The first all-woman regatta at Brown in May 1947 was won by Connecticut College. The other competitors were Pembroke, Bradford Junior College, Vassar, Wheaton, and Mount Holyoke. The only regattas for women were sponsored by the men’s sailing teams at Brown and Tufts. In the late 1950s Dartmouth and the University of Rhode Island also hosted women’s regattas. In October 1956 Pembroke held for the first time a small fall regatta in addition to the annual spring invitational. In the spring of 1957 a constitution for a women’s intercollegiate sailing association was drawn up at Brown and presented to Wheaton College and Connecticut College for Women. Although the intercollegiate association did not materialize at this stage, the Pembroke Sailing Club was formed under Jessie Godfrey, who was replaced in 1958 by Janet Lutz. The Brown Sailing Club would have liked to become coed at this time in order to have Caroline King ’60 on the team, but did not gain the support of Bessie Rudd, the women’s physical education director. The Pembroke Sailing Club participated in women’s regattas in New England, and about 1962 Mary Paget of Radcliffe and Janet Lutz of Brown were able with input from the NEISA men to help the loosely organized women’s colleges to form the New England Women’s Intercollegiate Sailing Association.
Brown won Ivy titles in 1964 with skippers Chuck Paine ’66 and Earl Harrington ’66, and again in 1973 with skippers Ed Holt ’74 and Willie DeCamp ’73. Since 1974, when the boat house presented by the Class of 1907 in 1937 was destroyed by fire, the club has sailed out of the Edgewood Yacht Club on Narragansett Bay. In 1978 the team won its third Ivy League title after finishing second in the Boston Dinghy Championships and in the Owen Trophy competition, with skippers Martha Starkweather and Nat Philbrick in the A Division and Reed Baer and Helen Ciriello in the B Division. That year Nat Philbrick was Brown’s first All-American sailor. From 1980 to 1990 Brad Dellenbaugh ’76 coached sailing, and Brown turned out a series of All-Americans, Douglas Smith in 1984, James Cummiskey ’85 in 1985, Paul Grimes ’86 in 1985 and 1986, David Ullrich ’87 in 1986 and 1987, Molly Starkweather ’86 in 1986, Kevin Hall ’91 in 1988, 1990, and 1991, Kris Farrar ’91 in 1989, 1990, and 1991, and Mike Zani ’92 in 1990 and 1991.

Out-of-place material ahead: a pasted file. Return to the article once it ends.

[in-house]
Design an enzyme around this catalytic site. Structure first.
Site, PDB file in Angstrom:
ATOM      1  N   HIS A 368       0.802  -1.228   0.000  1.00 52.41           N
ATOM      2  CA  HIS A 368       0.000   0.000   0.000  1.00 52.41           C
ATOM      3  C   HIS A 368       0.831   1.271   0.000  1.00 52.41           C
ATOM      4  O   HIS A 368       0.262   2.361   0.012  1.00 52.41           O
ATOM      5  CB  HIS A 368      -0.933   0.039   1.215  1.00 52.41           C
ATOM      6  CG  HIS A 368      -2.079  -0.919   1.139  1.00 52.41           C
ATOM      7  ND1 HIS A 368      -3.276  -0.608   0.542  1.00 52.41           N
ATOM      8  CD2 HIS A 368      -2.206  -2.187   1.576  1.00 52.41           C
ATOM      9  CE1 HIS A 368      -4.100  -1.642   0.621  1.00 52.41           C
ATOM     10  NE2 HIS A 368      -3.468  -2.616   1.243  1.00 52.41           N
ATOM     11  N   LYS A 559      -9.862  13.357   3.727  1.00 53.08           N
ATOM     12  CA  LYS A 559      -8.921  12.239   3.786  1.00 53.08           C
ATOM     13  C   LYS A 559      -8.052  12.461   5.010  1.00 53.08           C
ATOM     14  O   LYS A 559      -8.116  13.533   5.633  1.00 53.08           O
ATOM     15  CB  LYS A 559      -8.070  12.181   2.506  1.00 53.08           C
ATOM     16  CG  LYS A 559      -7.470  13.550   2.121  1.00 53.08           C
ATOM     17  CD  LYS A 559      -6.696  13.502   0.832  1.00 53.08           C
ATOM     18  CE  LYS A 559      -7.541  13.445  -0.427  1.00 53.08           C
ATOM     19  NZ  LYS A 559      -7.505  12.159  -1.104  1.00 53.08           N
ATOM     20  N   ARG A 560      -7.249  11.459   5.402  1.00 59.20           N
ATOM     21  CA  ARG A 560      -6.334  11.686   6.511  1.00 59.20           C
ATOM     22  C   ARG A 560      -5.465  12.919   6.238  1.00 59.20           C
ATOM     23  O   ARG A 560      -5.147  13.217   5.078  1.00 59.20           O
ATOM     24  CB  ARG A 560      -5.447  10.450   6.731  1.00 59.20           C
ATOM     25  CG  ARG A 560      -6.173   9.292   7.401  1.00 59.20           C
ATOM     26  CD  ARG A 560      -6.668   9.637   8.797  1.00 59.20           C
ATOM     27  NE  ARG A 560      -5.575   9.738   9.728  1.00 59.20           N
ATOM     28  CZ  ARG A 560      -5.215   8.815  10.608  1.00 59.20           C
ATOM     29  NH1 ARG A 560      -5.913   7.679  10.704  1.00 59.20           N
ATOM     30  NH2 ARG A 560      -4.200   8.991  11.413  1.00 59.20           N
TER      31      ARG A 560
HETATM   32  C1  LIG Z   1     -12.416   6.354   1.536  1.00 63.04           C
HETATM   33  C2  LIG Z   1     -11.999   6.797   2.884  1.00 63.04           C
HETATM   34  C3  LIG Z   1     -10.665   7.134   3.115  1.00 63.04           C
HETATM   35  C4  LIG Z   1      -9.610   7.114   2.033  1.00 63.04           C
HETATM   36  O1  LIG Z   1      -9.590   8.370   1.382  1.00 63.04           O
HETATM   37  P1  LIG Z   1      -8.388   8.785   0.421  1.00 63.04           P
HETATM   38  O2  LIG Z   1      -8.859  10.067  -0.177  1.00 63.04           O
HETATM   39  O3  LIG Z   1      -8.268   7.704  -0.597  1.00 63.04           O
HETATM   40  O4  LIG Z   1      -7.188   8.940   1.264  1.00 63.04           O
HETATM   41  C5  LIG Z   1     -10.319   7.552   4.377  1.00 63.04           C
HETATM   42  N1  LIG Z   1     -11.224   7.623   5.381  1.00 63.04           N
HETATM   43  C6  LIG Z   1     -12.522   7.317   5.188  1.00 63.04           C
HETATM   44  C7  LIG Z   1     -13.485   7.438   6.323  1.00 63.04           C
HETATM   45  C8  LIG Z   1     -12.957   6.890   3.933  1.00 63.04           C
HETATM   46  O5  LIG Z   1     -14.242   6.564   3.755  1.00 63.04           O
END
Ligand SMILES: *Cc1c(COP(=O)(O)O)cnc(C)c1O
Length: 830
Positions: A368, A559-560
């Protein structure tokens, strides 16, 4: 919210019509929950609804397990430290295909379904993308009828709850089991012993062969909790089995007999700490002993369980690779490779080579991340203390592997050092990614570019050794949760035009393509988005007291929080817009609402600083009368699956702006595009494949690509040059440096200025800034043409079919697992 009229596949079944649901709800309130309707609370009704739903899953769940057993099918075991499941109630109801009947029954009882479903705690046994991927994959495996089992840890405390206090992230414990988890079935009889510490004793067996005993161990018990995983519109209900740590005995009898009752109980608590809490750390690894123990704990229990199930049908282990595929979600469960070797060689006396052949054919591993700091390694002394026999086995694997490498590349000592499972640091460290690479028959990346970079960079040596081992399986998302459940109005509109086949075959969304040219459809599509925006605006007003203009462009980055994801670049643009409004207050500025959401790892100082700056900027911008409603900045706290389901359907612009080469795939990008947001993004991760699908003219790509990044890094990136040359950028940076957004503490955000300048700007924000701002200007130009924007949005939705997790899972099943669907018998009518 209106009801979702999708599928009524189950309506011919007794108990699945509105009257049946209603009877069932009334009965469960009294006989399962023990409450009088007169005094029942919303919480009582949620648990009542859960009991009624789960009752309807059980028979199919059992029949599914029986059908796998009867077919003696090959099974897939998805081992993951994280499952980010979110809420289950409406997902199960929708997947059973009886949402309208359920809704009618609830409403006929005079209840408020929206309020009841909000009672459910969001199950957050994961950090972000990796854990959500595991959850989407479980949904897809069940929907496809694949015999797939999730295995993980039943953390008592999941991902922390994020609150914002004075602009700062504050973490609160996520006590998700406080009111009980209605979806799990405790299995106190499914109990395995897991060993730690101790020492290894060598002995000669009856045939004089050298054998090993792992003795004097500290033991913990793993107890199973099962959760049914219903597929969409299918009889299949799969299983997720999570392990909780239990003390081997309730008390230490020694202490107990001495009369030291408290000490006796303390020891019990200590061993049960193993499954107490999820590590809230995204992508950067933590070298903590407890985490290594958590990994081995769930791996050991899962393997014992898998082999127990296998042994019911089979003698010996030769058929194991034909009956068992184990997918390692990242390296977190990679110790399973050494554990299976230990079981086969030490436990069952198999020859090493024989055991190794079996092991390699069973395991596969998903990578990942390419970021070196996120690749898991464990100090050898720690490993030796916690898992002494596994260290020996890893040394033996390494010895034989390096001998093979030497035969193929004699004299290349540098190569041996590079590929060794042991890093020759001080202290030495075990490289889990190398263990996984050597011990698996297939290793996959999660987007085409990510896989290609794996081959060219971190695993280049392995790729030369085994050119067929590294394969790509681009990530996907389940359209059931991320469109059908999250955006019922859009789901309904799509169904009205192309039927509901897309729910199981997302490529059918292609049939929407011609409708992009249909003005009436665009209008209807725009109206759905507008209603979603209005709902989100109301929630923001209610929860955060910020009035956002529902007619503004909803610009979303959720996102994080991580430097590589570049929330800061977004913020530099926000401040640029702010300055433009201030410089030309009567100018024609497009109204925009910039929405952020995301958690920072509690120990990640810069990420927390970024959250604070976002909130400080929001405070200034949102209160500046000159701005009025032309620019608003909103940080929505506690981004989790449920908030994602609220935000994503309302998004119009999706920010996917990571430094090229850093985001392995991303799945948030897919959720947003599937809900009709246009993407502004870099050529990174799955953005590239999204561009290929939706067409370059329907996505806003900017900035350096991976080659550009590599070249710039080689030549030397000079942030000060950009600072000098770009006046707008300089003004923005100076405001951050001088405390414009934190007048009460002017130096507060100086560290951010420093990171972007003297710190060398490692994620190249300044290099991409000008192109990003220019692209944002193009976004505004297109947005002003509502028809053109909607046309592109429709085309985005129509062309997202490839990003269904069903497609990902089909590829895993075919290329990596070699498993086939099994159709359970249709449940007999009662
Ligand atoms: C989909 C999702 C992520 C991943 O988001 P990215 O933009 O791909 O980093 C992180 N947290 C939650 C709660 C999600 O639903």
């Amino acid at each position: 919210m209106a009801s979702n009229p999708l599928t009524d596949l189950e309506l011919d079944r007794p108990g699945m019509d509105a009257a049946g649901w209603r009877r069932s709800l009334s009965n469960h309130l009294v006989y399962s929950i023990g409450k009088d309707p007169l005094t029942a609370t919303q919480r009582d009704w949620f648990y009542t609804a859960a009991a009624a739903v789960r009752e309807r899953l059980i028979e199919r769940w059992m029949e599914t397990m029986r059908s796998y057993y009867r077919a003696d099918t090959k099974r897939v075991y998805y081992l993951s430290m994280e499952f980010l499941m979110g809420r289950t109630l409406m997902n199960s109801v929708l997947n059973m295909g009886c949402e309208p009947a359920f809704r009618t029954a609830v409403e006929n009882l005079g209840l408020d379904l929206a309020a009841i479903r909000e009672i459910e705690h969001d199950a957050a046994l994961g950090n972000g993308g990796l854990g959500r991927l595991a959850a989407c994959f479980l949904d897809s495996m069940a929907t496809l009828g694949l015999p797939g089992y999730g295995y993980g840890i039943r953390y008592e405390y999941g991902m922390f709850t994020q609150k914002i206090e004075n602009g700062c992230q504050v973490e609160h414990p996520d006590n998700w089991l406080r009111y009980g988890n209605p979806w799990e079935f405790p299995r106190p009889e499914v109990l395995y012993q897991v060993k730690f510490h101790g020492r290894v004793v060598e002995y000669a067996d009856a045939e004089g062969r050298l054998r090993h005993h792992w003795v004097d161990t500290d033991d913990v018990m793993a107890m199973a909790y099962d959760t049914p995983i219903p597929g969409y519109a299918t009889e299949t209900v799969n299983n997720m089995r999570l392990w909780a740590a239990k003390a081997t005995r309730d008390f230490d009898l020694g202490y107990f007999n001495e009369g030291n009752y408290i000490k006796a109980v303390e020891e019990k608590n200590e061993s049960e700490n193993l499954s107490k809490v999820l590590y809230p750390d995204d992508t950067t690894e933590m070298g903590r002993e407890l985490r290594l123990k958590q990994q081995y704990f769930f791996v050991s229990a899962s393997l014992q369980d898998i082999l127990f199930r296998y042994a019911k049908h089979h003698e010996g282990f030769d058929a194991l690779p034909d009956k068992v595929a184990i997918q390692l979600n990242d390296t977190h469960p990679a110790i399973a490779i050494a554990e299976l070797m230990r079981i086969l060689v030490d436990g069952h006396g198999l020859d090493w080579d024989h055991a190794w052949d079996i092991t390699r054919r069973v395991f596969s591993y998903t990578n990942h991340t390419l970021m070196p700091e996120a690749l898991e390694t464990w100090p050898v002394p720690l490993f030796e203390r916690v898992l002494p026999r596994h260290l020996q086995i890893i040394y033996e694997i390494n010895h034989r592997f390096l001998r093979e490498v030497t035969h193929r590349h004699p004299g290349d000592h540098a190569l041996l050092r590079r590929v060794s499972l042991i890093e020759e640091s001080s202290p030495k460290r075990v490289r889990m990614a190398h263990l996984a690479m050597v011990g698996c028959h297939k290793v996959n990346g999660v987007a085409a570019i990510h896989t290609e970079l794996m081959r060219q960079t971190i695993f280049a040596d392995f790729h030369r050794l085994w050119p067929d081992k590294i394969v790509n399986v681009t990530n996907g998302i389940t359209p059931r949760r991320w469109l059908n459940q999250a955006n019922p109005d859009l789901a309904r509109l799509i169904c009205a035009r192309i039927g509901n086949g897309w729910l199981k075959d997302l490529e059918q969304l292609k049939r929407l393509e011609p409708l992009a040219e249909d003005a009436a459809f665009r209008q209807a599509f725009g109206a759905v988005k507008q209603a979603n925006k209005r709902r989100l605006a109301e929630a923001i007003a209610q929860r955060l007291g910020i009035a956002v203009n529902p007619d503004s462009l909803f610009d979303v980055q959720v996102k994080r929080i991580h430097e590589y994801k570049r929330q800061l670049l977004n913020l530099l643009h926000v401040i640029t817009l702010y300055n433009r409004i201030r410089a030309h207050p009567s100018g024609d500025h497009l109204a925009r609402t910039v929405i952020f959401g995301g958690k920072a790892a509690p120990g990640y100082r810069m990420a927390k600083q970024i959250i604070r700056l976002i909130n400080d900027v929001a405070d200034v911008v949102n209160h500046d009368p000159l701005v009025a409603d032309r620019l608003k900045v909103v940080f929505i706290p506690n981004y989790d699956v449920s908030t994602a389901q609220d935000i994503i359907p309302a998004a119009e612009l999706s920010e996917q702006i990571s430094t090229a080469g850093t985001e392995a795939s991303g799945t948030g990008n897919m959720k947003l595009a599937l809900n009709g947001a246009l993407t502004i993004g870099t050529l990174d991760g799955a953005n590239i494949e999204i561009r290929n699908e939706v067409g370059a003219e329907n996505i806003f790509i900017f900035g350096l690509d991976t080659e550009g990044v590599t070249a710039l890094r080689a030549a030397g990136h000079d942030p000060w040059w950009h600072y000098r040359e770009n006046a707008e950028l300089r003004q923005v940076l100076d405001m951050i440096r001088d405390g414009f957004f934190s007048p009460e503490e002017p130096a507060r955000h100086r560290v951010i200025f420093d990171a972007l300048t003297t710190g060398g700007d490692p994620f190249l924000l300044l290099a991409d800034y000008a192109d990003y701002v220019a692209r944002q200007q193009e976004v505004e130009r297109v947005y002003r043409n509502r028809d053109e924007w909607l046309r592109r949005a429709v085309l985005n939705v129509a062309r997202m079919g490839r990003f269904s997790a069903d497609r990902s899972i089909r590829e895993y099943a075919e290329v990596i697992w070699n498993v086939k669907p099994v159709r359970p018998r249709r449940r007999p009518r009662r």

In 1983 Brown won the New England fall championships for the first time since 1957, when Ted Turner ’60 sailed for Brown. Brown won another Ivy League championship in 1985. Brown won the intercollegiate women’s sailing championship in 1985, 1988, and 1989, and came in second in in 1986, 1987, and 1990. Zack Leonard, former Yale All-American, succeeded Dellenbaugh as coach. In 1991 the Brown sailing team won, for the first time and by one point over Navy, the Intercollegiate Yacht Racing Association’s prestigious Fowle trophy, which includes men’s, women’s, single-handed, team, and sloop championships.